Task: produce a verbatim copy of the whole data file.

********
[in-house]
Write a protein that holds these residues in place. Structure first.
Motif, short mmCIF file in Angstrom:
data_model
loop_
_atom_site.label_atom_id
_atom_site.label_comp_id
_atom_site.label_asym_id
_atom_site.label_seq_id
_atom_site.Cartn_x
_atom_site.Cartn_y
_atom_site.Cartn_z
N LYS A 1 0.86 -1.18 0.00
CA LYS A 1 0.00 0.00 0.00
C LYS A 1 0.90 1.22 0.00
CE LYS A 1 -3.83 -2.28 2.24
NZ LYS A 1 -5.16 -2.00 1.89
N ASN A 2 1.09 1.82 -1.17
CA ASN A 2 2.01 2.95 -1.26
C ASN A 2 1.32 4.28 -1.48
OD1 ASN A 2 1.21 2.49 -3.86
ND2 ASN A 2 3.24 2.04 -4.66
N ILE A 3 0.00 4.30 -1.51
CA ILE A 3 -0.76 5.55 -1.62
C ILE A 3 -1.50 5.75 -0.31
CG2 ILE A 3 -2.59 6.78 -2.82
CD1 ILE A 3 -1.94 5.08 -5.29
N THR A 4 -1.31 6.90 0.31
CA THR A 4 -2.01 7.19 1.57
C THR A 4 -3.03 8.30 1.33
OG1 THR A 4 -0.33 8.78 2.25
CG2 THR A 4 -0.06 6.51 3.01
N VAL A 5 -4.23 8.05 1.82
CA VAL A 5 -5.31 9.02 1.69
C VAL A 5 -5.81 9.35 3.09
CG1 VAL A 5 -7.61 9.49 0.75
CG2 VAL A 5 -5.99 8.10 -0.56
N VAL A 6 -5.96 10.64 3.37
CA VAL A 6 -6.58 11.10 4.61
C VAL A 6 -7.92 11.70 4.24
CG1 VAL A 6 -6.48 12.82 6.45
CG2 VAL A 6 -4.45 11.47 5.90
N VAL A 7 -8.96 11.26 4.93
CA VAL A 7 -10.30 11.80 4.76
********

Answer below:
[in-house]
Write a protein that holds these residues in place. Structure first.
Motif, short mmCIF file in Angstrom:
data_model
loop_
_atom_site.label_atom_id
_atom_site.label_comp_id
_atom_site.label_asym_id
_atom_site.label_seq_id
_atom_site.Cartn_x
_atom_site.Cartn_y
_atom_site.Cartn_z
N LYS A 1 0.86 -1.18 0.00
CA LYS A 1 0.00 0.00 0.00
C LYS A 1 0.90 1.22 0.00
CE LYS A 1 -3.83 -2.28 2.24
NZ LYS A 1 -5.16 -2.00 1.89
N ASN A 2 1.09 1.82 -1.17
CA ASN A 2 2.01 2.95 -1.26
C ASN A 2 1.32 4.28 -1.48
OD1 ASN A 2 1.21 2.49 -3.86
ND2 ASN A 2 3.24 2.04 -4.66
N ILE A 3 0.00 4.30 -1.51
CA ILE A 3 -0.76 5.55 -1.62
C ILE A 3 -1.50 5.75 -0.31
CG2 ILE A 3 -2.59 6.78 -2.82
CD1 ILE A 3 -1.94 5.08 -5.29
N THR A 4 -1.31 6.90 0.31
CA THR A 4 -2.01 7.19 1.57
C THR A 4 -3.03 8.30 1.33
OG1 THR A 4 -0.33 8.78 2.25
CG2 THR A 4 -0.06 6.51 3.01
N VAL A 5 -4.23 8.05 1.82
CA VAL A 5 -5.31 9.02 1.69
C VAL A 5 -5.81 9.35 3.09
CG1 VAL A 5 -7.61 9.49 0.75
CG2 VAL A 5 -5.99 8.10 -0.56
N VAL A 6 -5.96 10.64 3.37
CA VAL A 6 -6.58 11.10 4.61
C VAL A 6 -7.92 11.70 4.24
CG1 VAL A 6 -6.48 12.82 6.45
CG2 VAL A 6 -4.45 11.47 5.90
N VAL A 7 -8.96 11.26 4.93
CA VAL A 7 -10.30 11.80 4.76